Chapter five of Kupperman’s book “Theories of human nature” looks at great philosophers, namely Plato’s and Aristotle’s points of view in trying to define humanity. Both of these great philosophers assigned reason as a central role in defining humanity. Plato came before Aristotle, and their arguments seem to agree and differ on the definition of humanity.
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Plato’s view was more complex as he used a simple word reason which has multiple definitions. Aristotle’s view, on the other hand, defined a human being as a rational creature with an ability to switch the rationality on and off. The most significant explanation offered by Plato is the logical point of understanding reason, whereby if a certain idea is preconceived to be good, then there must be a number of reasons that lead to that assumption or conclusion. The writer goes ahead and relates Freud’s explanations of human personality in three parts leading to a link between these arguments and those offered by Plato.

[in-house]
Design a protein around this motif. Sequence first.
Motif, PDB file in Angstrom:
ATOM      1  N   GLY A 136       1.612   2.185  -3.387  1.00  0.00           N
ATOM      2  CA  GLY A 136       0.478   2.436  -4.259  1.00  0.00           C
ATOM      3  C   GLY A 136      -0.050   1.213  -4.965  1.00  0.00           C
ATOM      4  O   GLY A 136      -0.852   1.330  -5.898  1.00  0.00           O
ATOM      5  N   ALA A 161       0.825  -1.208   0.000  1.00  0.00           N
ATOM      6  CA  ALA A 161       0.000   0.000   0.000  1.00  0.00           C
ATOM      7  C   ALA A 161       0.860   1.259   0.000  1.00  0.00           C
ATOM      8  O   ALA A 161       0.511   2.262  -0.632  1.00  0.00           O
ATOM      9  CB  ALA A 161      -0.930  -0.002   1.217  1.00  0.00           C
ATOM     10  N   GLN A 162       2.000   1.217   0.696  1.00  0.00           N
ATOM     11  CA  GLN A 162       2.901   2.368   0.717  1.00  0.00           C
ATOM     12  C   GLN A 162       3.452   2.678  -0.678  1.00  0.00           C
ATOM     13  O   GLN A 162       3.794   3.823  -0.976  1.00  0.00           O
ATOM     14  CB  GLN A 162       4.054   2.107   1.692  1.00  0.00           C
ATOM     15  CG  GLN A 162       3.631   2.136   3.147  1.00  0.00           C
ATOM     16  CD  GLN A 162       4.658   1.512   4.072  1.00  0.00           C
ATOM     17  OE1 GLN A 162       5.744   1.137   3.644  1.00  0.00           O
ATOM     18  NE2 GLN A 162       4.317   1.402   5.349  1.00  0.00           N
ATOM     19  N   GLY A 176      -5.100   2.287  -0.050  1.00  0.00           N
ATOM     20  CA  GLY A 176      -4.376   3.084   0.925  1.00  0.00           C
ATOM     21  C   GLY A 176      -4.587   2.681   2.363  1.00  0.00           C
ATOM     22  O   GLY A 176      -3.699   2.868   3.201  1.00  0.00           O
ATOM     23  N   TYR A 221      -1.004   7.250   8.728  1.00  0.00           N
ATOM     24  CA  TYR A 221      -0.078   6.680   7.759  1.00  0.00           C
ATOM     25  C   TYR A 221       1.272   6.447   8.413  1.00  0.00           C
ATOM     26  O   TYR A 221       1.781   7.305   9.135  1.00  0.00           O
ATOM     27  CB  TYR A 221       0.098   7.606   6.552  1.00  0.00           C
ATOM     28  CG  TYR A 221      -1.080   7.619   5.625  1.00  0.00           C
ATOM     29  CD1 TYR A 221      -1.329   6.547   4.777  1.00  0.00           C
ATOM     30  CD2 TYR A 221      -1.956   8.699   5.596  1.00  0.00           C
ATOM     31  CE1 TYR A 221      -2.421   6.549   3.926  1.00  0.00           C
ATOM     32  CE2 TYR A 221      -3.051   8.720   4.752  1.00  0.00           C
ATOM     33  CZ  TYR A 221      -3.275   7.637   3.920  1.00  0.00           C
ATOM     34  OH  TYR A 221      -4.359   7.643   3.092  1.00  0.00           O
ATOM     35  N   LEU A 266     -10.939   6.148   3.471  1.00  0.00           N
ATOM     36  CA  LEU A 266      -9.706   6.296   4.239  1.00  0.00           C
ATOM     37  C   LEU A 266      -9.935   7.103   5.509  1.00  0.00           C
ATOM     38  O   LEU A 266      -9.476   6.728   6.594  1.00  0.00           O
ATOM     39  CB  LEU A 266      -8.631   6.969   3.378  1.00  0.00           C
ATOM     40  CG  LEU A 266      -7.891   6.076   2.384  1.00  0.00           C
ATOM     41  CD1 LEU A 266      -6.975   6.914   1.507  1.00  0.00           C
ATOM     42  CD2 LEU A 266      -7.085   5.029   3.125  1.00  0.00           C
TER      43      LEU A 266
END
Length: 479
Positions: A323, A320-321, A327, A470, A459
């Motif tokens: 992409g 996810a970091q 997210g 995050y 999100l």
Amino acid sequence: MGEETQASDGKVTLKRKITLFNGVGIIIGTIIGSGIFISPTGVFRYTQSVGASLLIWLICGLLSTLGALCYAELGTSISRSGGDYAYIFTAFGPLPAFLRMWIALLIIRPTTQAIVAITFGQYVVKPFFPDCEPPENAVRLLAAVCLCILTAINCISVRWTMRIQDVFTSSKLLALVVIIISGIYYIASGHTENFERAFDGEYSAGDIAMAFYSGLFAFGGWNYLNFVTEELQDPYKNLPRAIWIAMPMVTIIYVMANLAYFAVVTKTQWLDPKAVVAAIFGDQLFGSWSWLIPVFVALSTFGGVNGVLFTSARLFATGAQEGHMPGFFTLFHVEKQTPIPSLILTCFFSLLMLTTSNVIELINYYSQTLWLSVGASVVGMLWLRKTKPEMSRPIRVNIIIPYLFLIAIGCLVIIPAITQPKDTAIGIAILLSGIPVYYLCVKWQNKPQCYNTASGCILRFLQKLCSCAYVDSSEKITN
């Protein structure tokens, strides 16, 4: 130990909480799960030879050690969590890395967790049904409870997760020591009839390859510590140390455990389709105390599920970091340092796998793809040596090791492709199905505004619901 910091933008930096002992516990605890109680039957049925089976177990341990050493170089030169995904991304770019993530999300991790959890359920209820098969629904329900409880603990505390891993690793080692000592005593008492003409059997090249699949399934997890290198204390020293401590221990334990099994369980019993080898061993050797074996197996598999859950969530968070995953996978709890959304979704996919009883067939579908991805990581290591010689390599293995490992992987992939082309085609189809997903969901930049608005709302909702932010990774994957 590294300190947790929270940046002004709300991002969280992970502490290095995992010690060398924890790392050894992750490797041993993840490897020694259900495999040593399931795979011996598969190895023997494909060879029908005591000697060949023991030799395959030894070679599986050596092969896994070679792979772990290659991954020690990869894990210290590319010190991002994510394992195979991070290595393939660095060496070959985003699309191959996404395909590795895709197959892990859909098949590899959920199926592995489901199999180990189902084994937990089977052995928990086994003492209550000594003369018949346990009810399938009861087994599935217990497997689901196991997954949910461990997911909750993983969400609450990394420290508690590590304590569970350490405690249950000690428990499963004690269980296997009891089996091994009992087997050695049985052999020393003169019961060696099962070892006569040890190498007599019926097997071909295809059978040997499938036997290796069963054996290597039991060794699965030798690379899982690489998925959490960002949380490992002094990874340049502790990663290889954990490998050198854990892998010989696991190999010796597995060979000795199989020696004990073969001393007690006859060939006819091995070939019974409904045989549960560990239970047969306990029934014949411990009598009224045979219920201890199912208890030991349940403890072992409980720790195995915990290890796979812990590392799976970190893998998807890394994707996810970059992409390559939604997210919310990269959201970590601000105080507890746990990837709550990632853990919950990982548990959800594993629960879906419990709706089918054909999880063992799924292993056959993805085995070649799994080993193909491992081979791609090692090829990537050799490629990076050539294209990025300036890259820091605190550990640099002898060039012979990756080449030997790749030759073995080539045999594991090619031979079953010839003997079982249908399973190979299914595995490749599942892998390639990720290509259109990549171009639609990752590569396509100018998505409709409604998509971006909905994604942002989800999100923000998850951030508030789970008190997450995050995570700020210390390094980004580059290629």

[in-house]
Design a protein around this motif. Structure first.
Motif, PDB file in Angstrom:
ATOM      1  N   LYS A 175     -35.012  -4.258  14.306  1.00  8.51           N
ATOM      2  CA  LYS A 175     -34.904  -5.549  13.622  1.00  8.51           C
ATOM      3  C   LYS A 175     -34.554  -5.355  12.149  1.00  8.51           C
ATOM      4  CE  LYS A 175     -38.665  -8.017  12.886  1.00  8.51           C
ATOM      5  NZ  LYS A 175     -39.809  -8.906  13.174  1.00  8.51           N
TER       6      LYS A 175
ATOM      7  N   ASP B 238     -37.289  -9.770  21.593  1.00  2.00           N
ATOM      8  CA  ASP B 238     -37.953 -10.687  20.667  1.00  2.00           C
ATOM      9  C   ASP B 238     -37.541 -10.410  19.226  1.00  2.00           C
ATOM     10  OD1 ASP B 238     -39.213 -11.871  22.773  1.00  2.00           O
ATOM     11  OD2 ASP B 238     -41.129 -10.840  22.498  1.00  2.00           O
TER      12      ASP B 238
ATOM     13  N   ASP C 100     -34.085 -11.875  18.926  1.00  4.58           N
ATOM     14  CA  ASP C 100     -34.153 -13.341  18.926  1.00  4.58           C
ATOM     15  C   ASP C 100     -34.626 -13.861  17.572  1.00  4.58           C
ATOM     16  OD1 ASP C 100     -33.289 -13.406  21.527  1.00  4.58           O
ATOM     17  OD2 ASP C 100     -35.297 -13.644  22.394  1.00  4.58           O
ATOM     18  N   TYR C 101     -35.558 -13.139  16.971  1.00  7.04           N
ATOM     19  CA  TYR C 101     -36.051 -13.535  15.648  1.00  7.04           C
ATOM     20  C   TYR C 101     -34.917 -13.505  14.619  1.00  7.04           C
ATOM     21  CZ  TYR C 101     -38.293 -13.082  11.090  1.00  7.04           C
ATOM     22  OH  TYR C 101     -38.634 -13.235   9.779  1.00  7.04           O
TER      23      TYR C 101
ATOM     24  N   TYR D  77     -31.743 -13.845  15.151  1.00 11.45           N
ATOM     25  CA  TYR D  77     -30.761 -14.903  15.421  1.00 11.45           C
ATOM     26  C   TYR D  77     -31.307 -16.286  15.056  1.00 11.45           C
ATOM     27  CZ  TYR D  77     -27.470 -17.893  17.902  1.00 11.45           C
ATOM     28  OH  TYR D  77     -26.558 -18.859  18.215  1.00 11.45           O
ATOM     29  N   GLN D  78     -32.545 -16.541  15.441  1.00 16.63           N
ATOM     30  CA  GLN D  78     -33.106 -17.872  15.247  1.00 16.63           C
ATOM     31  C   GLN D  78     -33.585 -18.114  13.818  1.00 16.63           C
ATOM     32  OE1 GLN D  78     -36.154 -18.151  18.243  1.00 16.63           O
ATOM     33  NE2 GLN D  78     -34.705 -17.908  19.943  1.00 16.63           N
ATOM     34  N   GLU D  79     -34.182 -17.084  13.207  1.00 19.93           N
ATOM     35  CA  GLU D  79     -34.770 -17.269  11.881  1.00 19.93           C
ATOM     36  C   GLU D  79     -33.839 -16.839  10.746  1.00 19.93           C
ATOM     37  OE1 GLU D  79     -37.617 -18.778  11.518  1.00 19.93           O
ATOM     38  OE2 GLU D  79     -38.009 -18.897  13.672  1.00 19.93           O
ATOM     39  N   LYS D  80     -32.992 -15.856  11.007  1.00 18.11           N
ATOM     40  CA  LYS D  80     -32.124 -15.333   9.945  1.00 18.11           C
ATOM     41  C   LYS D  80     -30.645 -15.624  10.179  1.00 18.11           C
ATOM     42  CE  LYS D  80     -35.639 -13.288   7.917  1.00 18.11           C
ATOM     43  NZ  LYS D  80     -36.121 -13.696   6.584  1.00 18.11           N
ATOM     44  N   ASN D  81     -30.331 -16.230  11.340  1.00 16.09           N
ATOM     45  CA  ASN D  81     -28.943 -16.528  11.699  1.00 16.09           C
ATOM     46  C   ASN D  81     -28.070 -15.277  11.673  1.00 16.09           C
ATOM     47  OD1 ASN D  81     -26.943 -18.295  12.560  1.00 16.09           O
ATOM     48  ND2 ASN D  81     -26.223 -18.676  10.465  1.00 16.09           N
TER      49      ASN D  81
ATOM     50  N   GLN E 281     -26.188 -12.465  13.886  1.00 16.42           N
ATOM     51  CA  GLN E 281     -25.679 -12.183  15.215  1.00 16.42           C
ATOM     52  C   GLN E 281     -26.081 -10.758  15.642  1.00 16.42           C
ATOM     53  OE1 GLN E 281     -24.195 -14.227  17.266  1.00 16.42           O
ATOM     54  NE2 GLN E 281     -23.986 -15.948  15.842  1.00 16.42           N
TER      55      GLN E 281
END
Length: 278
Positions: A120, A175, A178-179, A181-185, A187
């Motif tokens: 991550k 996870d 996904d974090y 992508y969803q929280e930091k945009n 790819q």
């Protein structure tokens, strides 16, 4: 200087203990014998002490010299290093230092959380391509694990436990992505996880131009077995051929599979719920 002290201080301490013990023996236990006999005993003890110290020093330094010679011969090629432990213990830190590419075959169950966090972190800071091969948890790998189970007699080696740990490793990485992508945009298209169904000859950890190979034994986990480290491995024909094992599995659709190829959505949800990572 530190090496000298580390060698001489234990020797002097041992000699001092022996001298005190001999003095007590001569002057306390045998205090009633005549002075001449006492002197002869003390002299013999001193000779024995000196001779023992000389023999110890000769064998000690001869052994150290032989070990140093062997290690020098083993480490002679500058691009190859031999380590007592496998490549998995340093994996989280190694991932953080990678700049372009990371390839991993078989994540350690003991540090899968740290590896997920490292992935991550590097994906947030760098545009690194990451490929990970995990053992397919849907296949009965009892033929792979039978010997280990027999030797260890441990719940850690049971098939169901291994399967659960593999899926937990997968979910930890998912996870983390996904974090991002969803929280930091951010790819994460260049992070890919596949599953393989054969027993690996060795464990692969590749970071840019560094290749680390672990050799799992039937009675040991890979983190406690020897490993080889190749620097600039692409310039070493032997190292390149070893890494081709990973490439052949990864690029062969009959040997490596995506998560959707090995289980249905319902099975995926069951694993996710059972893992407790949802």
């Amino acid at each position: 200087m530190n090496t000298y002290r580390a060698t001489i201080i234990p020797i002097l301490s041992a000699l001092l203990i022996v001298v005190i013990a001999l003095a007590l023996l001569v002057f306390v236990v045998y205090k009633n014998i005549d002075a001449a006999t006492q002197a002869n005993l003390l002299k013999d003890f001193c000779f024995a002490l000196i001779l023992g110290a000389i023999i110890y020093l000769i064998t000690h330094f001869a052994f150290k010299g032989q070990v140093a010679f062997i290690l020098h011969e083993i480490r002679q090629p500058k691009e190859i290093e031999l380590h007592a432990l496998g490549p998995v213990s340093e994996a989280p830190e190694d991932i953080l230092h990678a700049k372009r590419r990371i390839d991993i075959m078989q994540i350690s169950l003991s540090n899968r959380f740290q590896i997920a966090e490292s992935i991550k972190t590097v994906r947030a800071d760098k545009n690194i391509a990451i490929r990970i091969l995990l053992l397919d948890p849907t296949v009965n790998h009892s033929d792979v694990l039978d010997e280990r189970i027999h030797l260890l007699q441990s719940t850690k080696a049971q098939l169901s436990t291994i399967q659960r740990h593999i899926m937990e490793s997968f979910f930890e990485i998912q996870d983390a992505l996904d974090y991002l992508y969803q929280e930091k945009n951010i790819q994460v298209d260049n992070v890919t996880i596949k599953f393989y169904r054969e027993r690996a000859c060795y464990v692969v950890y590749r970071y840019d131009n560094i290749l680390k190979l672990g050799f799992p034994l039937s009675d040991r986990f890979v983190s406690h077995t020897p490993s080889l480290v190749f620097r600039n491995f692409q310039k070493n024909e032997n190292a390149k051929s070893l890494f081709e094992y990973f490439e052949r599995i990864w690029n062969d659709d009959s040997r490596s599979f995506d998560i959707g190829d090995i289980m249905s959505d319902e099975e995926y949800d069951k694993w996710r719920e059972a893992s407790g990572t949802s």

Plato looks at a human being as a soled creature governed by reason. The sole is spirited and is interested in studying the environment. Plato’s view of reason entailed an individual doing what he believes is correct if given a chance. The writer tries to illustrate the complexity of defining a word from Plato’s point of view. The word game is used as an example in highlighting numerous available definitions.
Aristotle being a biological scientist, uses his knowledge to try to differentiate humans from other animals by exploring their rationality. He concluded that humans are complex double-sided creatures who have both good and bad sides. The two sides of humanity are inseparable as they complement one another. Aristotle looks at life as a combination of normal life pleasures, and the use of human virtues in a moral or civic way.